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Are you giving your pet a Christmas Dinner?

Are you giving your pet a Christmas Dinner?

Almost a quarter (24%) of pet owners will be dishing up a plate of Christmas dinner this year, research* from the RSPCA has shown.

However the festive treat could backfire as many of the traditional Christmas trimmings are toxic for dogs and cats.

Last year more than a dozen dogs were admitted to RSPCA hospitals after being ‘treated’ to Christmas dinner by their owners.

Angela Grigg, manager at Putney Animal Hospital in London said: “We had 15 cases on Boxing day as a result of people giving their dogs their own Christmas dinner with turkey and stuffing.

“Turkey is very rich and stuffing contains onions which is not good for dogs. It caused them to have vomiting and diarrhoea and they became dehydrated. One or two of them were so severe they had to go on drips.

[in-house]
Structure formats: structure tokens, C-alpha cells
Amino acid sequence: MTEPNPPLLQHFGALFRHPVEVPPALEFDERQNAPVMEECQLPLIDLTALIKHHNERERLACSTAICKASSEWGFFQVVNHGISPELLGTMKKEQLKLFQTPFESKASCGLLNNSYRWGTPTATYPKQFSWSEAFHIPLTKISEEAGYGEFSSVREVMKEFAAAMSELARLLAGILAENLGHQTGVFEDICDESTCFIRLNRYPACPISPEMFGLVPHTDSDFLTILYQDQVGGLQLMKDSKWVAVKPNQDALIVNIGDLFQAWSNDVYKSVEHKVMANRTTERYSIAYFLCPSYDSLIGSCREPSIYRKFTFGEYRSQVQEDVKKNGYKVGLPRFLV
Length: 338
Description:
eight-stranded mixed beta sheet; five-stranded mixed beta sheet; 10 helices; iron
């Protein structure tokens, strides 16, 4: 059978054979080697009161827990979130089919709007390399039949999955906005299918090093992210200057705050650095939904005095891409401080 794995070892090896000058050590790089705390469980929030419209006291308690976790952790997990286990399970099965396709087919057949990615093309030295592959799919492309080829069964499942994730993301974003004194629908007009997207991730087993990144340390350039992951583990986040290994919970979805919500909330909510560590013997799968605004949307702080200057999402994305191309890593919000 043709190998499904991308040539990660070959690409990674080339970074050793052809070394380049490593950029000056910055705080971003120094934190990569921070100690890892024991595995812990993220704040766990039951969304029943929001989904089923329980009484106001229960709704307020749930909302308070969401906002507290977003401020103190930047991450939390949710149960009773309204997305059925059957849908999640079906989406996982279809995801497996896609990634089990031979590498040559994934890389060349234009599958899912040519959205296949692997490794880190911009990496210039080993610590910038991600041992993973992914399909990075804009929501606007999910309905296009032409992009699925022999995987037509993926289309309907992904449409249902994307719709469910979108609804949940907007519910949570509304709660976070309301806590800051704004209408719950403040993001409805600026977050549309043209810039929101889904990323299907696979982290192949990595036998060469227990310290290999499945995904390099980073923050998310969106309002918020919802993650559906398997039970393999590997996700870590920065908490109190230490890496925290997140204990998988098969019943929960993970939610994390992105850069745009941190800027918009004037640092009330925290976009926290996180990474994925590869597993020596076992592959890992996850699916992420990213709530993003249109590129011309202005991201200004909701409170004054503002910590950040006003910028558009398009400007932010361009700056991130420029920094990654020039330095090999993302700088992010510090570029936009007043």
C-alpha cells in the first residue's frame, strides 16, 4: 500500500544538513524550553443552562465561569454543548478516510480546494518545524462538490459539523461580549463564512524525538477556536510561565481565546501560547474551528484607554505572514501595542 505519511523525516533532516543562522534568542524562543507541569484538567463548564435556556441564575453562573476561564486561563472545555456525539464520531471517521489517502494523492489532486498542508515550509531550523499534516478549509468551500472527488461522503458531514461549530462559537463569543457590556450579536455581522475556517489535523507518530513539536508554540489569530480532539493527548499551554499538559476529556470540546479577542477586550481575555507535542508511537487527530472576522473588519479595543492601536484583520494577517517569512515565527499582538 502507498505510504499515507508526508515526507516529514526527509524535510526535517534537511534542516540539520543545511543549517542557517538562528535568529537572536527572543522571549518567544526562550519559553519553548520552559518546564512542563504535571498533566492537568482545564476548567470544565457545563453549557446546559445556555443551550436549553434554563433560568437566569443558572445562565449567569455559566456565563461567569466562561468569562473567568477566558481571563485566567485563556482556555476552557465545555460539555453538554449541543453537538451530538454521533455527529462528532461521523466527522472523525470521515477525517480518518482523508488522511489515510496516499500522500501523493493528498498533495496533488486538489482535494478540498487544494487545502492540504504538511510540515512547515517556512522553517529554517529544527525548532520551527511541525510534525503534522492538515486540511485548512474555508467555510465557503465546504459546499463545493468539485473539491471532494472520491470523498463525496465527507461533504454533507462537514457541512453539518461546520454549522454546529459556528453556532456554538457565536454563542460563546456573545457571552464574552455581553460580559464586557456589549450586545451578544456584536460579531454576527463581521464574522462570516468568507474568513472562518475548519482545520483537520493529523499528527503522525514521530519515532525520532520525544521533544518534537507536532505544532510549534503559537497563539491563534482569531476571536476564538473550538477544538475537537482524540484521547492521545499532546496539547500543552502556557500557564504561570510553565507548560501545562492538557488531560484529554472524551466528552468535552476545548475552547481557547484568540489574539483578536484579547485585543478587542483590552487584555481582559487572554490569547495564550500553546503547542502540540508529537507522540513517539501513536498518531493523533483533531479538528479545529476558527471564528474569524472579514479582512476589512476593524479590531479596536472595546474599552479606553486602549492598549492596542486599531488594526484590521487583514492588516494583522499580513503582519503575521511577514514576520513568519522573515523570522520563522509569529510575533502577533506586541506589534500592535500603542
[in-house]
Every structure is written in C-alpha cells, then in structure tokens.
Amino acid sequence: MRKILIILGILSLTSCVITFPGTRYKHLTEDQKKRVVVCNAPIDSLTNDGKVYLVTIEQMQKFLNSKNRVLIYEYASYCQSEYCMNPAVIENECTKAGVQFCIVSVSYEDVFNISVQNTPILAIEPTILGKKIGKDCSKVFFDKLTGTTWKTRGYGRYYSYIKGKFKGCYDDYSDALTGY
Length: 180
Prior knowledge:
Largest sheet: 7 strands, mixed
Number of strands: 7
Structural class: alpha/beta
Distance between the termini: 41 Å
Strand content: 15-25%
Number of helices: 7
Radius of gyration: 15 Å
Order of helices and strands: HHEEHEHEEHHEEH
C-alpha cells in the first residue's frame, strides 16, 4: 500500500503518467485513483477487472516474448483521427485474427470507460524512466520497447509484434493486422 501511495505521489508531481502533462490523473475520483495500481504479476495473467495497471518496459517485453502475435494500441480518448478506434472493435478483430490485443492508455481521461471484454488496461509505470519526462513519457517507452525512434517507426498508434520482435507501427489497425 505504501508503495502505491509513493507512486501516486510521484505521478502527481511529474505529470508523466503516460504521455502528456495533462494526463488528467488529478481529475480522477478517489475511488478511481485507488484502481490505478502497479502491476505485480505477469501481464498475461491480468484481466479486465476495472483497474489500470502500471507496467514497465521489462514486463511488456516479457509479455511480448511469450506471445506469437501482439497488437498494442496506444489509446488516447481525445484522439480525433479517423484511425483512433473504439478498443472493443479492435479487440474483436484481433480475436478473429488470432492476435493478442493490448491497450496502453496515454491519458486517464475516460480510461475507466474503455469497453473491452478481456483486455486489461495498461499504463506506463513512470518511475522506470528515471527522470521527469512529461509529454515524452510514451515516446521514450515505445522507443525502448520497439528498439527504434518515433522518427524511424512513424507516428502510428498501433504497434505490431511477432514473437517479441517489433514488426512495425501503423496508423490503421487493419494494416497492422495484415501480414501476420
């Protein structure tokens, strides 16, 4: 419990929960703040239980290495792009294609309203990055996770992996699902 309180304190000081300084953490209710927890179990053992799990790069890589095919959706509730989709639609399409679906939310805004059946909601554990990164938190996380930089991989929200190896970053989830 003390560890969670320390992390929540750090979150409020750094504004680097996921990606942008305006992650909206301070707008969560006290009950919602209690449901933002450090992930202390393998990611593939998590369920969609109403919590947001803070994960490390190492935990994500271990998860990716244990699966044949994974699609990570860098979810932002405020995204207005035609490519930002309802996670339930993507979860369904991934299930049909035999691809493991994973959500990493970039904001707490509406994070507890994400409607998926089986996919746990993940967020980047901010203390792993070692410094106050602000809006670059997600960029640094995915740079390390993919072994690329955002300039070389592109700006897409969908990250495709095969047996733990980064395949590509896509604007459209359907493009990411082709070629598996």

“The owners told us they were giving their dogs Christmas dinner as a treat but some human food can be toxic for dogs and in extreme cases could cause death.

“All of these cases were completely avoidable. If you want to give your dog a nice treat at Christmas take them for a lovely walk or if you want to give them something to eat buy them a special treat especially designed for dogs.”

Festive foods which can be dangerous for pets •Splinters of poultry bones are dangerous to dogs and cats, as they can become stuck in their throats or even pierce their intestinal tract. •Grapes, raisins and sultanas contain a toxin which can cause kidney failure •Chocolate, the darker the more dangerous as it contains theobromine which can cause seizures, coma and heart failure. •Stuffing contains onions and garlic which can destroy red blood cells causing life-threatening anaemia •Seeds and stones from apples, apricots, cherries, peaches and plums contain a cyanide compound which can be poisonous •Broccoli, cauliflower, cabbage and peppers – contains toxins which could be deadly for horses •Nutmeg, high levels can result in seizures, tremors, centra

Published: 18 December 2013